I explained as best I could. “Roight, now let me just log on to your account meself…” Diarmuid said from the other end of the line. There was a longish pause, in which I could hear much tapping of keys, then “Bejazus, sorr, the whole system’s fecked at our end. Hauld onto your underpants a minute…” There was a rising babble of voices, in which the only discernible comment – and I promise you this is absolutely true – was “…it’s spreading disruption faster than a snapped corset…”, then Diarmuid came back on the line. “Roight, sorr, we’re rebooting our system, so you’d best be leaving it till after lunch.”

“By ‘rebooting’ you mean…?” I asked.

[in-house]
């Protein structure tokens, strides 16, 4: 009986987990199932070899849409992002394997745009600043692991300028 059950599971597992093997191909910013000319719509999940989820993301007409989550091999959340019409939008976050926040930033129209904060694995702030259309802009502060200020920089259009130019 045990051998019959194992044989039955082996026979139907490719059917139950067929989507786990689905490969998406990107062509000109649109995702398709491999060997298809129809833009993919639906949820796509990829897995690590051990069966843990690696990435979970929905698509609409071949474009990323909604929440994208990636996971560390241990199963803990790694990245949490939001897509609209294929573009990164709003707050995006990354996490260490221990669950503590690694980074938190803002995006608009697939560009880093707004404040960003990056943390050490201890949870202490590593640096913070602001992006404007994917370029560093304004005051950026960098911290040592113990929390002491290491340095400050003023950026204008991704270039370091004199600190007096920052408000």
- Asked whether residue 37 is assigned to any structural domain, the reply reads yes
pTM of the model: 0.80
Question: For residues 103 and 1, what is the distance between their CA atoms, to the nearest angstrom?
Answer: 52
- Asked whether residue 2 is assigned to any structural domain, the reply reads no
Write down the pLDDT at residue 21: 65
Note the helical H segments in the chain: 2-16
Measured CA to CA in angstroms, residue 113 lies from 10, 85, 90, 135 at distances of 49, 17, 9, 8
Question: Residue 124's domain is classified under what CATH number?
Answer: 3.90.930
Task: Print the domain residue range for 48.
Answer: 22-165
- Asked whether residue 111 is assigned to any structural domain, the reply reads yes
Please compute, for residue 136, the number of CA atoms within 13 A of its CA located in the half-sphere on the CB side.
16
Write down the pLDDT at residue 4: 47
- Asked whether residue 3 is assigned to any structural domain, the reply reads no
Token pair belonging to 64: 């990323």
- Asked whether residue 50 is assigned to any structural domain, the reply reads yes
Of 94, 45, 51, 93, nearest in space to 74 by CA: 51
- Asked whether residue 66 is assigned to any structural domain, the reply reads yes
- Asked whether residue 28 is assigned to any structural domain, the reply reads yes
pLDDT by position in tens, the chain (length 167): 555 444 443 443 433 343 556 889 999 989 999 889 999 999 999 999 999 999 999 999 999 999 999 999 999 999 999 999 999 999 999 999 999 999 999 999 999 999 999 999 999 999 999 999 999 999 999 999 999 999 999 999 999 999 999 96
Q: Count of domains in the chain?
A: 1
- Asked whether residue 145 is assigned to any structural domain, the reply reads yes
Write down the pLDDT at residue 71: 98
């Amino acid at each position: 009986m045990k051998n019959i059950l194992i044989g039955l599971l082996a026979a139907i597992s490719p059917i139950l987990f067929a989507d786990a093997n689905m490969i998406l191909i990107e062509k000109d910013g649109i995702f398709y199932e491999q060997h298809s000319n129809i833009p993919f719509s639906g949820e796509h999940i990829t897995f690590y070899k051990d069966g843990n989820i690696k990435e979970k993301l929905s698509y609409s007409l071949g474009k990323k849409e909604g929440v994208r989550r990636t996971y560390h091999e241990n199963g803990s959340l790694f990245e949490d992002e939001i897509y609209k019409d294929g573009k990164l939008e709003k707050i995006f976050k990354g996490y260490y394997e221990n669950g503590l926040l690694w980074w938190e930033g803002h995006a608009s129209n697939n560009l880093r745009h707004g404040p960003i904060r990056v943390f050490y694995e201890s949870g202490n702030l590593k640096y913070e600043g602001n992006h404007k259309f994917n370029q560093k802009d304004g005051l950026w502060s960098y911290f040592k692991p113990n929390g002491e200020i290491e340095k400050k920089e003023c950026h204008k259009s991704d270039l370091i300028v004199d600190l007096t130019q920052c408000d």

“That’s right, sorr, we’re giving it a damn good kicking. But in a technical way. Enjoy your lunch, now, sorr.”

After lunch I discovered that the internet was working as it should and so I started into the mammoth, two-hour downloading of the Norton components we needed. To while away the time I decided to watch a DVD.

Instant problems.

Back to the helpline.

“Let me show you how it doesn’t work,” I said, impressing even myself with my ability to show a DVD down the phone. I held the phone up to the speakers and treated the individual on the other end of the line to the sound of Mr & Mrs Smith played at half speed. “You see the problem?”

“Ah, dis na foine, foine ting,” he said, reaffirming my belief that I was asking IT advice of the Fon of Bafut. “Dis na bery bad DVD driver. But fix ’im in no time, in foif step.”

“Five steps?”